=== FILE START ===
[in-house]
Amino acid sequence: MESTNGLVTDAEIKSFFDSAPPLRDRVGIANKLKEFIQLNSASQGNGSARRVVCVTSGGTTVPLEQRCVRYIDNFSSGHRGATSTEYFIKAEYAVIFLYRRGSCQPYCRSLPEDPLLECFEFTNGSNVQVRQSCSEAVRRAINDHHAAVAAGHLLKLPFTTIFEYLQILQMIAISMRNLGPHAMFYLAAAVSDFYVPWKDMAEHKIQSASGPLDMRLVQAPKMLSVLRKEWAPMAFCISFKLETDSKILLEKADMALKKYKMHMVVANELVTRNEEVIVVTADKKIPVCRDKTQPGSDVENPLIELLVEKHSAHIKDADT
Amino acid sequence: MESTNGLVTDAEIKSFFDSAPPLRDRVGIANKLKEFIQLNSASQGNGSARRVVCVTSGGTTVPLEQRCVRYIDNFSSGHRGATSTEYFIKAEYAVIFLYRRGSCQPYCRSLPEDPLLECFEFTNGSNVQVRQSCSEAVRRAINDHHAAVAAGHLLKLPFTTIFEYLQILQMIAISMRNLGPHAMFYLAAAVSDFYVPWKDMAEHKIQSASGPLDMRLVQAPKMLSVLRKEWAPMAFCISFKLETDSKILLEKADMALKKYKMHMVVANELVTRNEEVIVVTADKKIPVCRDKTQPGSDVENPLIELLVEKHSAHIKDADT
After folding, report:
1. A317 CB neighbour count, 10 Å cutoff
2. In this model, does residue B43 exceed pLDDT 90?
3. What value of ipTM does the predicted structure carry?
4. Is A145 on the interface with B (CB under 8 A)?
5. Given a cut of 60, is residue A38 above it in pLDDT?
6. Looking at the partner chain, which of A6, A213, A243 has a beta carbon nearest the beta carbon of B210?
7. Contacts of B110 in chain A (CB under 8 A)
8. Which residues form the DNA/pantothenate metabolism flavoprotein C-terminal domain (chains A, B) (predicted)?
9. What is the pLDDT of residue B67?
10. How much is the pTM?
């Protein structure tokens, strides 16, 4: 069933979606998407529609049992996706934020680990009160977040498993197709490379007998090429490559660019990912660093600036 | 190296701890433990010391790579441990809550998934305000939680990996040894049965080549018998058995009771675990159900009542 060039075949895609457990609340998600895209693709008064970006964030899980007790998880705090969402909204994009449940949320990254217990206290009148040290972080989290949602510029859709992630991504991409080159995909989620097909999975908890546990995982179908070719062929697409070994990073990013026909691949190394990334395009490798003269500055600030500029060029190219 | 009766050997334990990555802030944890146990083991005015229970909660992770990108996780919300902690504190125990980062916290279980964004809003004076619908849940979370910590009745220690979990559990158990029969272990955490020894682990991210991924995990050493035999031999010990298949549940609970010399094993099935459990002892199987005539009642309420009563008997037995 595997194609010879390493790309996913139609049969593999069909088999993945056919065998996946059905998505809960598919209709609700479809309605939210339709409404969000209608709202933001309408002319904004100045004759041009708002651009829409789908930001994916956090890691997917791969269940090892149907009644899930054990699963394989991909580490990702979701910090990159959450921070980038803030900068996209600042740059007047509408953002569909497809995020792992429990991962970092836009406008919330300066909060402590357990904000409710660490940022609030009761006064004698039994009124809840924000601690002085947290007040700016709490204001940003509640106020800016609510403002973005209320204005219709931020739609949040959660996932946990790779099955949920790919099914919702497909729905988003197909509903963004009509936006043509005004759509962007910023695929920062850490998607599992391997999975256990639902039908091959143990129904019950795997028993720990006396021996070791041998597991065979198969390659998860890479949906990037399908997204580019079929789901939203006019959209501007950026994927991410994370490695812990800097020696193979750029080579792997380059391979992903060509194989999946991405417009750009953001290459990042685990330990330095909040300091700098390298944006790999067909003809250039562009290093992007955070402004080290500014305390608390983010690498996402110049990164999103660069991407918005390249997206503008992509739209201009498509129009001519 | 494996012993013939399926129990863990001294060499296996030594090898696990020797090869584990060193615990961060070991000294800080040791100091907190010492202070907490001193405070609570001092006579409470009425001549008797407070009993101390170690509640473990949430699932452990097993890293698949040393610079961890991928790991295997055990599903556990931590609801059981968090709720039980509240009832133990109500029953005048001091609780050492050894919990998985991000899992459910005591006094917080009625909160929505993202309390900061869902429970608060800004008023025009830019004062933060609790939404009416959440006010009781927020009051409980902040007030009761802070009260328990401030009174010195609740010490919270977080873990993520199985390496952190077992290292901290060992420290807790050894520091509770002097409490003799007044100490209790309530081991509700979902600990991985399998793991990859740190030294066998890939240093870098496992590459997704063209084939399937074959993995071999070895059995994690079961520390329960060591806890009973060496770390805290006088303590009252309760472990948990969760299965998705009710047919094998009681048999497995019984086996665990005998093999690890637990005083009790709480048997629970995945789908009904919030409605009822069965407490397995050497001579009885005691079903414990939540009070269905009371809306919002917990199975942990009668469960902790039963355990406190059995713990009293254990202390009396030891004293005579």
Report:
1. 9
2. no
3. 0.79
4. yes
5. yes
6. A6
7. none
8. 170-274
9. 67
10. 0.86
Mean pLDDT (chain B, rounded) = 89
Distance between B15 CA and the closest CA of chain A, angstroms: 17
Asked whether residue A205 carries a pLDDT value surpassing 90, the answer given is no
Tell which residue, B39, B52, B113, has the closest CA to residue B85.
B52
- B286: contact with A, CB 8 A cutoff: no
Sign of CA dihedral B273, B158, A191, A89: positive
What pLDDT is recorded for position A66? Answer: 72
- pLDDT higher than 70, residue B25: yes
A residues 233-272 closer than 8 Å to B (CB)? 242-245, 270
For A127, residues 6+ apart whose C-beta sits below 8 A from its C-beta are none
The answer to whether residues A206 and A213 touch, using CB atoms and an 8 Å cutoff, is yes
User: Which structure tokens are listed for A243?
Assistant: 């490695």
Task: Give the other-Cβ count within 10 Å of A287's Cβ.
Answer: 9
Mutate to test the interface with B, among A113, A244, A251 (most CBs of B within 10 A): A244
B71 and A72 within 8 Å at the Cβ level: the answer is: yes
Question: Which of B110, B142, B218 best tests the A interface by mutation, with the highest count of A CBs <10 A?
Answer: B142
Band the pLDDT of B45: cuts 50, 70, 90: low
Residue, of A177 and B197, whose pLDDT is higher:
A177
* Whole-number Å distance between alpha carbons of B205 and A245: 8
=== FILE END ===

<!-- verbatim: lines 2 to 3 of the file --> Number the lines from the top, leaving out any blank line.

Amino acid sequence: MESTNGLVTDAEIKSFFDSAPPLRDRVGIANKLKEFIQLNSASQGNGSARRVVCVTSGGTTVPLEQRCVRYIDNFSSGHRGATSTEYFIKAEYAVIFLYRRGSCQPYCRSLPEDPLLECFEFTNGSNVQVRQSCSEAVRRAINDHHAAVAAGHLLKLPFTTIFEYLQILQMIAISMRNLGPHAMFYLAAAVSDFYVPWKDMAEHKIQSASGPLDMRLVQAPKMLSVLRKEWAPMAFCISFKLETDSKILLEKADMALKKYKMHMVVANELVTRNEEVIVVTADKKIPVCRDKTQPGSDVENPLIELLVEKHSAHIKDADT
Amino acid sequence: MESTNGLVTDAEIKSFFDSAPPLRDRVGIANKLKEFIQLNSASQGNGSARRVVCVTSGGTTVPLEQRCVRYIDNFSSGHRGATSTEYFIKAEYAVIFLYRRGSCQPYCRSLPEDPLLECFEFTNGSNVQVRQSCSEAVRRAINDHHAAVAAGHLLKLPFTTIFEYLQILQMIAISMRNLGPHAMFYLAAAVSDFYVPWKDMAEHKIQSASGPLDMRLVQAPKMLSVLRKEWAPMAFCISFKLETDSKILLEKADMALKKYKMHMVVANELVTRNEEVIVVTADKKIPVCRDKTQPGSDVENPLIELLVEKHSAHIKDADT